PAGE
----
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Status anxiety

Do people really hate free schools – or do they just hate me?

In the end, I'm convinced, even my negative charisma can't doom this good cause

28 June 2014

9:00 AM

28 June 2014

9:00 AM

This isn’t a headline I was expecting to read: ‘Free schools could be a bigger negative for the Tories than Ed Miliband is for Labour.’ Given that Miliband’s net satisfaction ratings are minus 39, that was quite a shock. Do the people who disapprove of free schools really outweigh the people who approve of them by a bigger margin than that?

Well, no, they don’t, obviously. The headline, which appeared on the blog of Mike Smithson, a left-wing gadfly, was a reference to a YouGov poll on 20 June. Respondents were asked whether they supported or opposed the creation of free schools: 23 per cent were in favour, 53 per cent opposed and 24 per cent undecided. That’s minus 20, not quite in Miliband territory. But not good, definitely not good.

The first question I asked was: ‘Is it me?’ I’ve spent four years relentlessly promoting free schools — I’ve helped set up three — and I clearly haven’t been doing a good job. Admittedly, they’re popular with parents, with those free schools open since 2012 oversubscribed by an average of three applicants per place. The secondary school I co-founded is oversubscribed by ten to one. But the general public is sceptical. Even Conservative voters aren’t convinced, with 30 per cent in favour and 46 per cent against.


Has my obnoxious personality doomed the policy? When I was at Oxford I described myself as having ‘negative charisma’ — I only had to walk across a crowded room in which I knew nobody and nobody knew me and already I’d made ten enemies. As an aside, I think Ed Miliband suffers from the same problem. It’s not what he says, but the manner in which he says it. Something to do with his intonation and body language as he’s speaking. For a journalist, negative charisma is a surmountable handicap, but for a party leader it’s a catastrophe.

In all seriousness, though, I don’t think I’m single-handedly responsible for the unpopularity of free schools. Remember, the opponents outnumbered the proponents in 2010, so it’s not as if the public has changed its mind. And there’s a hard core of wreckers — the teaching unions, the left of the Labour party, the Socialist Workers’ party — that are much more energetic than the policy’s champions. And they’re particularly adept at persuading the BBC to run knocking copy. However often I appear on television and radio, it’s never going to be enough to counter the relentless barrage of negative propaganda.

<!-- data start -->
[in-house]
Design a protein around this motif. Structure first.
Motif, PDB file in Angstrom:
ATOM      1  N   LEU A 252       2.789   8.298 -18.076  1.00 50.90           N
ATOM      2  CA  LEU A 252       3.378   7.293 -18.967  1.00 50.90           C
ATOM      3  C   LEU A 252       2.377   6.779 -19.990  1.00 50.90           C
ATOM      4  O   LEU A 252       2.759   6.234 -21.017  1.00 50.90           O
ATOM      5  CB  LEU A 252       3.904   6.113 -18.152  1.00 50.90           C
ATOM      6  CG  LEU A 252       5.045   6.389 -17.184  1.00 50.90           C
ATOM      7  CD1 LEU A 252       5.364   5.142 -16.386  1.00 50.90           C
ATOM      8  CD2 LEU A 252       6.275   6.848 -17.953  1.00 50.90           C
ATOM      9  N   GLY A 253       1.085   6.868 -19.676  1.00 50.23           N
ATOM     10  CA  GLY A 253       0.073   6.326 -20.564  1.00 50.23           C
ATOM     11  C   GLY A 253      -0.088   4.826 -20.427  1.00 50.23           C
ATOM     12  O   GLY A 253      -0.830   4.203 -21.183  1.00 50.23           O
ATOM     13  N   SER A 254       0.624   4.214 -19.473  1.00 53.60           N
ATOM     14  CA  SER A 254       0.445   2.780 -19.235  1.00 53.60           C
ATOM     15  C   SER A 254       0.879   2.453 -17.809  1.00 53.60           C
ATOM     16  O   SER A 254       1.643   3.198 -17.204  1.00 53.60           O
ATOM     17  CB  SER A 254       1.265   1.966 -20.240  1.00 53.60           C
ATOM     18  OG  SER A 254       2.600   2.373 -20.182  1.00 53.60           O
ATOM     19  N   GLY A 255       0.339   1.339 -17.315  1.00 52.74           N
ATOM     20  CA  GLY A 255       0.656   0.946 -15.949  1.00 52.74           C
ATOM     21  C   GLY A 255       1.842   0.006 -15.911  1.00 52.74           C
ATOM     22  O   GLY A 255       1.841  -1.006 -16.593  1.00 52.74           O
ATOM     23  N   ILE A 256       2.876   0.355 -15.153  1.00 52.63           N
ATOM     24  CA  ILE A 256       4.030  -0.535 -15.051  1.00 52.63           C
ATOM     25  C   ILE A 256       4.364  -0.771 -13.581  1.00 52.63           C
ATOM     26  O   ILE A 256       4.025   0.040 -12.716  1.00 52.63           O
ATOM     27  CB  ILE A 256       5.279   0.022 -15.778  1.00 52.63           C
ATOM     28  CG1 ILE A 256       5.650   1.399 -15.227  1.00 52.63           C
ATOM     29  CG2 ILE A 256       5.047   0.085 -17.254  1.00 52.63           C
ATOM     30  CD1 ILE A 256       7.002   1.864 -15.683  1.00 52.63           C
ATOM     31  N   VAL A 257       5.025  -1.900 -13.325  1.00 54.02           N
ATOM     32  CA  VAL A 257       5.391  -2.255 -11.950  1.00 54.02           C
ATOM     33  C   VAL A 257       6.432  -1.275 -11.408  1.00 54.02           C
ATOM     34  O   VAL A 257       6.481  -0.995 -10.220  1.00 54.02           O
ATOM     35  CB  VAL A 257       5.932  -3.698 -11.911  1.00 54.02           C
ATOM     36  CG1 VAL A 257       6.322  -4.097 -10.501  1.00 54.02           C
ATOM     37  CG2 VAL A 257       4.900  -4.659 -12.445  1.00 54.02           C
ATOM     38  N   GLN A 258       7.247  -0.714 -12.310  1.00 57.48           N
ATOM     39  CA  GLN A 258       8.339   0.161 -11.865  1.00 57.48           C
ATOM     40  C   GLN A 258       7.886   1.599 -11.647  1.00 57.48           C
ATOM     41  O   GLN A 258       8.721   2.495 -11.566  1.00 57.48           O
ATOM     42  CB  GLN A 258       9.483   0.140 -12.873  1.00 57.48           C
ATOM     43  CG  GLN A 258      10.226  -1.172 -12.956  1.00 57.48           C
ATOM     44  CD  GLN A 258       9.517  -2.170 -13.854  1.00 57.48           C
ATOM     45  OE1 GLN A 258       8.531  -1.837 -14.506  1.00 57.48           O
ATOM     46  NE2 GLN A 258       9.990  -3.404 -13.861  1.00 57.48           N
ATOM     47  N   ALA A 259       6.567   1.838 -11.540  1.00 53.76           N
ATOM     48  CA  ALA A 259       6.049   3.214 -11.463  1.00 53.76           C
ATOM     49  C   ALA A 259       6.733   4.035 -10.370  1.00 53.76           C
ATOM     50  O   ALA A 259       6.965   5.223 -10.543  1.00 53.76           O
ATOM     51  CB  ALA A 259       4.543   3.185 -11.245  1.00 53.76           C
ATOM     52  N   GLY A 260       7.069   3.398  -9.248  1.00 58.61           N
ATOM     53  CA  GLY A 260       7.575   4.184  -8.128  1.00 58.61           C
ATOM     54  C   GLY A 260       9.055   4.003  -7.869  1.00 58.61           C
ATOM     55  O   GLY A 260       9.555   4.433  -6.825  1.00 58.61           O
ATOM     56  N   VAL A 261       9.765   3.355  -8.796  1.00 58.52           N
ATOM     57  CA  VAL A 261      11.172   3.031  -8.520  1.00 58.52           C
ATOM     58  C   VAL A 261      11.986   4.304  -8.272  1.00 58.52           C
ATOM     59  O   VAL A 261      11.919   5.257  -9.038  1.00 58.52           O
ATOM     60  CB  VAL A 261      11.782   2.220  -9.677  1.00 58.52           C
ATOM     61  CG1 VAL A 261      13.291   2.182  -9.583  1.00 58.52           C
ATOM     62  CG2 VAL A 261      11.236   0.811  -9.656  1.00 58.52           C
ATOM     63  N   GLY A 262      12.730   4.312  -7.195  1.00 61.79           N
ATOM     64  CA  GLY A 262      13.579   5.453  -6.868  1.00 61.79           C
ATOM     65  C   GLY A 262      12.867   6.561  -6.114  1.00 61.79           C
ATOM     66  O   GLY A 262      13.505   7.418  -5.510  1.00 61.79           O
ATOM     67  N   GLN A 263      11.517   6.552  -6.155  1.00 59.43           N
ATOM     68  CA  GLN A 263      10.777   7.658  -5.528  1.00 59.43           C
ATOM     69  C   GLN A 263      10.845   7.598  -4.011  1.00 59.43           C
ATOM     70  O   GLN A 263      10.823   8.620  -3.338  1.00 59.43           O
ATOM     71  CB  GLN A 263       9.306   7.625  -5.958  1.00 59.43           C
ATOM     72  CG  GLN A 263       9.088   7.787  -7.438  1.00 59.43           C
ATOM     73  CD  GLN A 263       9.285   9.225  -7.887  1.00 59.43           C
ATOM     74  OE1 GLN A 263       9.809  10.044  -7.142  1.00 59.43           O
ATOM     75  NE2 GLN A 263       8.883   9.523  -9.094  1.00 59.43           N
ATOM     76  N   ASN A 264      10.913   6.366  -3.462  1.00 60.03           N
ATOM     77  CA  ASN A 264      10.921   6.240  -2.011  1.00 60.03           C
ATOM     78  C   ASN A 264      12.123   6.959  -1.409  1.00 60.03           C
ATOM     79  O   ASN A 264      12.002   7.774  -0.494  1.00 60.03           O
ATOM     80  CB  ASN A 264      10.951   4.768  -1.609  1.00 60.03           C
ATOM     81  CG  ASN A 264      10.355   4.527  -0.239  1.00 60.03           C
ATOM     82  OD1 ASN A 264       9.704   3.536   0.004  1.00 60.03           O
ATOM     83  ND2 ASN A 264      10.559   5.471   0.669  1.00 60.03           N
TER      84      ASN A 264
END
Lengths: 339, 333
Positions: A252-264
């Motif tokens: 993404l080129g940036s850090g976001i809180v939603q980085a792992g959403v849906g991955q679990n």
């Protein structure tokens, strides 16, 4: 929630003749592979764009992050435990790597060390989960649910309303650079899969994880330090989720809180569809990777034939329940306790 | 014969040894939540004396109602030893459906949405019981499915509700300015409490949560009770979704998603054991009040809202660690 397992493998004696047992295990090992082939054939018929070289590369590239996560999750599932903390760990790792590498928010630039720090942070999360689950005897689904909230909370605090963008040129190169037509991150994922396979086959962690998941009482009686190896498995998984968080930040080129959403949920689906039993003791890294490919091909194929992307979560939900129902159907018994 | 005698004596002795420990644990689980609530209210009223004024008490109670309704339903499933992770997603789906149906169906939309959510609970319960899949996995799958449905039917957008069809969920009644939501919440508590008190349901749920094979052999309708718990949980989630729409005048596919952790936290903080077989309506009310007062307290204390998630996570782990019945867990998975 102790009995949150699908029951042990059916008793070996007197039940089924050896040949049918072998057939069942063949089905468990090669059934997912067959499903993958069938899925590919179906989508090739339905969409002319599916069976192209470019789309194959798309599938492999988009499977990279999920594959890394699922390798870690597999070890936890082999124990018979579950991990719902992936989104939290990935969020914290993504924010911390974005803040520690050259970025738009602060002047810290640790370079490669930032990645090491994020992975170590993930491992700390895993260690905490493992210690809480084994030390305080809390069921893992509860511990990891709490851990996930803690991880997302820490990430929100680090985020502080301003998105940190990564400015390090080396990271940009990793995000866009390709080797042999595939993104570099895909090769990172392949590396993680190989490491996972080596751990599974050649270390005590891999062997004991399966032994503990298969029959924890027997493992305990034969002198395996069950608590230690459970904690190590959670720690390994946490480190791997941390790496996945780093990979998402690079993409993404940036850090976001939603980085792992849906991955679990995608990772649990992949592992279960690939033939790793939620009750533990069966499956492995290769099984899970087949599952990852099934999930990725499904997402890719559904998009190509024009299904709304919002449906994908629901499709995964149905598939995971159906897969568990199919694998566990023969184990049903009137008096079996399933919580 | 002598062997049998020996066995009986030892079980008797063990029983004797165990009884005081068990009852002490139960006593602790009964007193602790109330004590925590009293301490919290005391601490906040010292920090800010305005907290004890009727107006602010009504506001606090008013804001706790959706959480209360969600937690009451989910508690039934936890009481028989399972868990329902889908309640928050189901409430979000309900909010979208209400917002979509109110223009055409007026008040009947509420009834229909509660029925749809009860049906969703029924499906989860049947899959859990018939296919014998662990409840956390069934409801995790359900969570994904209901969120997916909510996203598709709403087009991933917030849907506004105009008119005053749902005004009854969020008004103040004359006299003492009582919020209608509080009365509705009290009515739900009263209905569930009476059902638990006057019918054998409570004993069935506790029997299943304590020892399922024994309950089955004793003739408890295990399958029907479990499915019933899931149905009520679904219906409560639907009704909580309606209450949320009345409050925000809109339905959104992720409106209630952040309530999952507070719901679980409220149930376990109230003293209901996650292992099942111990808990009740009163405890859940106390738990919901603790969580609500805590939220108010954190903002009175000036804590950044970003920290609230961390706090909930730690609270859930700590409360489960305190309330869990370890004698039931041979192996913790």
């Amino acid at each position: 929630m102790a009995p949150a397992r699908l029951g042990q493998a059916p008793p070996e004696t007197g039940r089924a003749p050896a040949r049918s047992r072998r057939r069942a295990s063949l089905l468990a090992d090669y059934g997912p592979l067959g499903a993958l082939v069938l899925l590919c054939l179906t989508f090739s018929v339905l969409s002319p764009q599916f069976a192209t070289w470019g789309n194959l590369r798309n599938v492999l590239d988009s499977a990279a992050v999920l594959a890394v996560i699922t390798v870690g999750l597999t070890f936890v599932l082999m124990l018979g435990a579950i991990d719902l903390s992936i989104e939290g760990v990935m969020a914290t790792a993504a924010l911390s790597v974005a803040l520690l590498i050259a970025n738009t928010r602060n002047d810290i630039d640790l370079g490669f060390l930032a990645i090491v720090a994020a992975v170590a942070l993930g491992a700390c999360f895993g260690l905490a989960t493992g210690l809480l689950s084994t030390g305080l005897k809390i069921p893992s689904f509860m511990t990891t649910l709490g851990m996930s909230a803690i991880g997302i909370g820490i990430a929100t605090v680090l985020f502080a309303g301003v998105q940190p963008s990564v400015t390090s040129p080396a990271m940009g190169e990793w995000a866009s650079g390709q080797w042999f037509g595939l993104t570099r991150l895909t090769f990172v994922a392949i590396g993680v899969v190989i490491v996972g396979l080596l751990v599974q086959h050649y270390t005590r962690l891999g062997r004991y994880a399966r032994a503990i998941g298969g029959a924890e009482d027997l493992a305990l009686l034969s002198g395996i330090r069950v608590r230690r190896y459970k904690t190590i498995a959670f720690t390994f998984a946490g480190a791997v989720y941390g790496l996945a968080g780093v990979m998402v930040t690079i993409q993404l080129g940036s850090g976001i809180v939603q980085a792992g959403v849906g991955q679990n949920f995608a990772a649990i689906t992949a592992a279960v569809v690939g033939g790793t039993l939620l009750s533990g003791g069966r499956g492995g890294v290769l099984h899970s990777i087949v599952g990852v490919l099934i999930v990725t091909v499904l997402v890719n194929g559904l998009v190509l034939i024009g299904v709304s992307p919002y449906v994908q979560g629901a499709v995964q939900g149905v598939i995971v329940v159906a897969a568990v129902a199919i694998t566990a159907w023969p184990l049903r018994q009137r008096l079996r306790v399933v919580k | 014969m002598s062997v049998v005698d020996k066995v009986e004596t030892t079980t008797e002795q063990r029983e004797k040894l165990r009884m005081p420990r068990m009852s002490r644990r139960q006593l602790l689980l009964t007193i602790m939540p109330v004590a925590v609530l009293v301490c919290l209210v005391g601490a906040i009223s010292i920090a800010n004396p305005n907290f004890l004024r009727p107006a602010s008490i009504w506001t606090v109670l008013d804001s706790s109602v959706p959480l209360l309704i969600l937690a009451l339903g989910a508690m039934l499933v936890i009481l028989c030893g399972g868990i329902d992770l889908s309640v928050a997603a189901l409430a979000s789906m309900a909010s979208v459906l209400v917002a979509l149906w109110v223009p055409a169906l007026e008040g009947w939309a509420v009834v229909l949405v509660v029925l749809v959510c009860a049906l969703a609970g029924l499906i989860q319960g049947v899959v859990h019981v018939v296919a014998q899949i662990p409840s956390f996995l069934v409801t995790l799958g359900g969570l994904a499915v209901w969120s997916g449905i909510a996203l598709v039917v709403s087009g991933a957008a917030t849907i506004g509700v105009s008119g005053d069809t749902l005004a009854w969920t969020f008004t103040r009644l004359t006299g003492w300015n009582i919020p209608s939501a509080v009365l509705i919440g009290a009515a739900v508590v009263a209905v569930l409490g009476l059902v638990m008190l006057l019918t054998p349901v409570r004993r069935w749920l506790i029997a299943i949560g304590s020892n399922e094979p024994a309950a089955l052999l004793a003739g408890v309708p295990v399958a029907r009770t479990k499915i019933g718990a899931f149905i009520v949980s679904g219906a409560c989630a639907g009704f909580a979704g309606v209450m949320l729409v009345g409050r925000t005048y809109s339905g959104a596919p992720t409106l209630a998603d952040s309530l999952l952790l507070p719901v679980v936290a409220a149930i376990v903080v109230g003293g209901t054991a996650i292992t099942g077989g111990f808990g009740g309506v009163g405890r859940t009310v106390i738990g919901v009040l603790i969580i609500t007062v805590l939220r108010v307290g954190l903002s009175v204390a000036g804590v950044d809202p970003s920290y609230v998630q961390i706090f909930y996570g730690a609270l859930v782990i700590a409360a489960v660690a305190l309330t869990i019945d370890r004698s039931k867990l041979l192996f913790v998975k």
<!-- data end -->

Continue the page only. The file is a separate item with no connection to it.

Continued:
Another thing to factor in is that this poll was conducted in the wake of the ‘Trojan Horse’ scandal in which various schools in Birmingham were infiltrated by Muslim extremists. In the question asked by YouGov, free schools were described as ‘new state schools set up by parents, teachers or voluntary groups which are outside the control of local authorities’. Even though none of the schools in Birmingham were free schools, the words ‘outside the control of local authorities’ may have conjured up an image of Muslim hate preachers hectoring innocent schoolchildren. In the minds of the poll’s respondents, being controlled by local authorities may not have sounded like a bad thing.

I’m confident that the public will eventually be won round to free schools, not just because more and more children will benefit from them over time, but also because of their results. The most important test of the policy will be when the first lot of free school pupils take their GCSEs — and I recently got into trouble with some parents at my school for telling the Year 9 pupils that the fate of the policy rested on their shoulders. ‘Don’t you think they’re under enough pressure as it is?’ complained one mother.

Well, yes, they are, but I’m still convinced they’re going to get fantastic results, as will the children in other free schools. The great virtue of schools like mine is that they’re beyond the reach of the Blob, which means they can teach proper subjects like Latin instead of media studies and rely on traditional teaching methods rather than ‘group work’ and ‘independent study’. In the same YouGov poll, people were asked whether it was right for children to go back to basics, learning about the kings and queens of England and memorising poetry: 43 per cent said yes, 34 per cent no. So the public approves of what we’re doing, just not the policy that has enabled us to do it.

The proof will be in the pudding. It’s just a pity that the first generation of free school students won’t be taking their GCSEs until a year after the election.

Toby Young is associate editor of The Spectator.


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